Most people have a mobile phone of some sort, and thanks to your smartphone, it is now becoming easier for almost anyone to capture a great image. SNAP; and then your smartphone is able to make the captured image even more captivating then it started out. With smartphone photography, taking your image can be just the first step. Yes, you got me right, the built in filters which most smartphone cameras have, can add a certain something extra to your images. There are also some pretty cool apps with which to edit your photos as well.
When DSLR’s seemed like an essential in the photography sector to actually capture a great image…smartphones have just proved this to be wrong. Who needs a costly DSLR to capture an image which can be done just as well with a smartphone? BUT I’ll still say that some things cannot be beaten by a mobile phone. You might think you can ace it with a phone, but is this true? Lets take a look at some of the pros and cons of using your smartphone for photography.
PROS of Smartphone Photography:
Probably the biggest plus point to using your smartphone is that your smartphone usually goes along with you wherever you go. Another big plus point where smartphones win is size. It is less practical to carry all that heavy and bulky DSLR camera kit everywhere, and there are some places where you need to be more careful…you simply cannot take care of the DSLR as well. So yes your smartphone pops in as a saviour.
Image quality is a big argument; who wins in here? Some smartphones now have 20 megapixel cameras as well which are definitely great to capture some amazing images with. Though because of the size constraints of most phones, the image sensor is a lot smaller in size than that in a similar resolution DSLR camera.
But if you have a smartphone with a high megapixel camera, you are more likely to capture some great images with it, than you would with on lower resolution smartphone camera.
Versatility. However good a digital camera is, it is only a camera. A modern smartphone is a phone, camera, music centre, calendar, browser etc. A smartphone is so much more than a camera, and with the range of apps you can install, it can be whatever you want it to be.
Cost. These days you can pick up a cheap smartphone for around £100 ($125 at time of writing). From there the prices can go up to £700+ ($850) So a smartphone is considerably cheaper than a DSLR camera, where an “entry level” camera will cost around the £300 mark ($370 or so) Prices for high end DSLR run to £2000 plus. For these prices you are usually getting the camera body, and maybe 1 or 2 kit lenses.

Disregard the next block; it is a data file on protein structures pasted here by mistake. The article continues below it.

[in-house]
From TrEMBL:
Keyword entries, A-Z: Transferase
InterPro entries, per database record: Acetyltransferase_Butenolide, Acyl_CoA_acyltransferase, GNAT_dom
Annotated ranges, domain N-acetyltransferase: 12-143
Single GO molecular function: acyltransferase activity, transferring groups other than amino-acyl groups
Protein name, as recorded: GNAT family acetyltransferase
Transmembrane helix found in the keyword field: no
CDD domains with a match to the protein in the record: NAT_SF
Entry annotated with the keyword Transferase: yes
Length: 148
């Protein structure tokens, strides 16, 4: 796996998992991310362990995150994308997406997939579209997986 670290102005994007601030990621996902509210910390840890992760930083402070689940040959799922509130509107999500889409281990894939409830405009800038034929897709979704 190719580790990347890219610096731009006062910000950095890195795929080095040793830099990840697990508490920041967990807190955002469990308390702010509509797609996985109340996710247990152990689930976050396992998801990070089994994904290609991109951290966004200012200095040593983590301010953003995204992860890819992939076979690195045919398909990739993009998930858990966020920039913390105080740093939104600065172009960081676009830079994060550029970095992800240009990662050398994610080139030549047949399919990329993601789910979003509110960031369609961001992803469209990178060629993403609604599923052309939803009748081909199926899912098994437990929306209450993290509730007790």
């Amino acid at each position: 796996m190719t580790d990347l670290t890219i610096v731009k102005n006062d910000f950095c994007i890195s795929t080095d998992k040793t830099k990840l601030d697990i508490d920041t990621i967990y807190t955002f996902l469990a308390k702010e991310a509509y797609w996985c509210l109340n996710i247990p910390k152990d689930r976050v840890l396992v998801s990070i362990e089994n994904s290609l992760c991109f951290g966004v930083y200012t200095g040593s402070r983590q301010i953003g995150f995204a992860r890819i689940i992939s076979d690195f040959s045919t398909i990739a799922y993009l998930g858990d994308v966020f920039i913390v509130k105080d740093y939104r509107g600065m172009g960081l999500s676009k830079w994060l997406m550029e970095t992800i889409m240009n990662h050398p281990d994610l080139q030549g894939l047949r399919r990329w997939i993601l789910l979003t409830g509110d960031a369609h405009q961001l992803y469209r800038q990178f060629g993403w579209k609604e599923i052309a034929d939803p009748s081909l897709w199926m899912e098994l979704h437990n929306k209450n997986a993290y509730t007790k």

Most of all most people always have their mobile phone with them. This means that when an opportunity arises to capture that image, you have the means to do so with you. If you ain’t got a camera with you, you can’t capture the photo.
CONS of Smartphone Photography:
The amount of control that a DSLR camera’s settings allow, are a great plus point. A smartphone simply cannot beat a DSLR at this, for the simple reason that the camera is designed purely for taking photos.
The high degree of control that a DSLR gives is unbeatable by a smartphone, even when it is one of the entry level DSLR cameras that you have in your hand. If you are serious about your photography, you want to have complete control of such settings as shutter speed, ISO, aperture and the ability to capture images in RAW Format. And you certainly cannot get such a great range of settings in a smartphone.
Secondly, the ability to produce “bokeh” in your images. In photography, bokeh is the term used to describe the aesthetic quality of the blur produced in the out-of-focus parts of an image produced by controlling the depth of field. It is produced by careful focusing, and using a wide aperture, to give a shallow depth of field to the image.
Yes, you can capture that through a smartphone as well but the lens, and auto focus are never going be great enough to achieve the necessary shallow depth of field. You can clearly see the difference between bokeh captured by a mobile phone and that of a DSLR. If you want the correct focus and image quality you need a quality lens, coupled with a DSLR camera.
That takes us neatly to the third thing, focus. You can more precisely focus on the main subject of the photo with a DSLR camera, than with a smartphone. You also have the benefit of being able to change lenses to suit the shooting conditions. You are also not restricted to digital zoom, which doesn’t zoom in so much as crop, and enlarge a portion of the image. This leads to a loss of information in the image captured.
Sensor size is another major plus point to using a DSLR. The actual image sensor size in a DSLR is a lot bigger than in a smartphone. This means that the sensor captures more light, and tonal information about the scene being shot. This leads to better quality images.
The image above demonstrates how tiny the camera and sensor in a smartphone really are. The coin is used to show a sense of scale. The smartphone is an old iPhone 4s, the coin is larger than the camera and sensor combined.
Another plus of digital cameras is they offer the ability to use off camera flash. This can produce more flattering lighting, especially for portraits.
To sum up, it is possible to differentiate a smartphone image from a DSLR one, but image quality from smartphones is improving all the time. If you shoot within the limitations of your camera phone, you will produce some good quality images.